Energy drinks and RTD coffee are fastest growers in US vending market

By Elaine WATSON

- Last updated on GMT

Energy drinks and RTD coffee are top of the vending pops
Energy drinks and ready to drink coffee are the fasting growing products in the vending market - although they still represent a relatively small chunk of the market - according to a new report from Packaged Facts. 

“RTD tea and coffee, sports beverages and energy drinks advanced particularly forcefully during 2011, while carbonated soft drinks and fruit beverages stagnated”, ​says Food and Beverage Vending Trends in the US​.

“Energy drinks… grew faster than all other segments with a 14.4% point volume increase in 2011. RTD coffee also charted the second fastest surge at retail, growing by 9.4%.

“[However], carbonated soft drinks, still by far the biggest liquid refreshment beverage category, continued to lose both volume and market share.”

Growth should return in 2014

While foodservice sales rallied after the recession, with spend levels in 2011 above 2007 levels, vending sales dropped 5.6% in 2011 and are estimated to drop 1.8% in 2012, says Packaged Facts.

However, growth should return in 2014 “on the heels of vending machine innovation that promises higher food and beverage quality, increased consumer interaction and increased cashless payment acceptance​”, predicts the market researcher.

Cashless payment options, healthier snacks, fresh foods, premium options and better quality coffee

So where will the growth come from?

More cashless payment options; healthier snacks - particularly targeting women; fresh foods; better quality coffee; and more products targeting heavy users such as young people and Hispanics, says Packaged Facts.

“Demographically, the fast-growing Hispanic population ranks among the prime consumers for food and beverage vending.  While Hispanic households comprise 12% of US households and only 10% of U.S. household income, they are responsible for 20% of consumer vending machines/mobile vending spend.”

Cupcake ATM

Meanwhile, sales of fresh food are expected to grow (meals, sandwiches, rolls, hot foods, fries, fruits, salads, pizzas, cakes, bakery products and pies) driven by greater demand for freshness, convenience and natural foods, it predicts.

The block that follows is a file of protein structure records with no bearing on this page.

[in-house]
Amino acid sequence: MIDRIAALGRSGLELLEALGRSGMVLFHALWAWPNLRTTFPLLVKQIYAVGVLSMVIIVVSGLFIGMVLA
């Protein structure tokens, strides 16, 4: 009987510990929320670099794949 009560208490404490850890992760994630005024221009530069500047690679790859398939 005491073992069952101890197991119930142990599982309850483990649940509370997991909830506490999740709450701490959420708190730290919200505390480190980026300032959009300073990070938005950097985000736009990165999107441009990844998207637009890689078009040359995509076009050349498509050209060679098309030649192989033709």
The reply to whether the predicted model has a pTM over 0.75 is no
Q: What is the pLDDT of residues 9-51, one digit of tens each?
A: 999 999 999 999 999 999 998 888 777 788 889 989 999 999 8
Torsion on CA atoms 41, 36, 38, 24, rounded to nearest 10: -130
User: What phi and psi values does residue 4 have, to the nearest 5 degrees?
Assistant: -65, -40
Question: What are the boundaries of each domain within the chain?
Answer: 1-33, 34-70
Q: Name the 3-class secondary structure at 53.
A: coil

“The vending industry is being joined by a spate of natural foods-focused vending companies. One such company is H.U.M.A.N. Healthy Vending, founded on the mission ‘Easy Nutrition Everywhere’.  Another is Vend Natural, which features products including Hippie Chips.

“And Fresh Healthy Vending has introduced the Fresh Healthy Vending Café line, featuring organic coffee drinks side-by-side with healthy snacks.”

More premium options: Pizza, cupcakes…


More premium options are also springing up, such as cupcake vending business Sprinkles Cupcakes, which “demonstrated thatself-service food vending could equate with not only high quality and freshness but alsobrand prestige”, ​says the report.

It adds: “And if the new Let's Pizza automated pizza machine, introduced by distributor A1 Concepts, can deliver on its promise, vended food may be up for the challenge…

“These factors, currently lacking in food vending, can help propel the category forward to legitimately compete with competing foodservice alternatives.”

Healthier snacking


And while healthier options are still somewhat lacking in many vending machines, with “arguably no healthy snacks among the top 20 vending best sellers​”, consumers still say they want healthier vending, particularly women, says the report.

“Almost half of adult consumers would use vending machines more often if the machines sold more healthy food options.

“Females not only disproportionately support healthy vending options, but female vending non-users are more apt than users to do so, suggesting that a wider variety of healthier vending options could draw women (who are less apt then men to use them) toward vending machines.

“Students and 18-24s, among food and drink vending’s most prevalent users, also disproportionately support the notion of healthy vending options, suggesting that vending operators should experiment with healthier productst o further engage these consumers.

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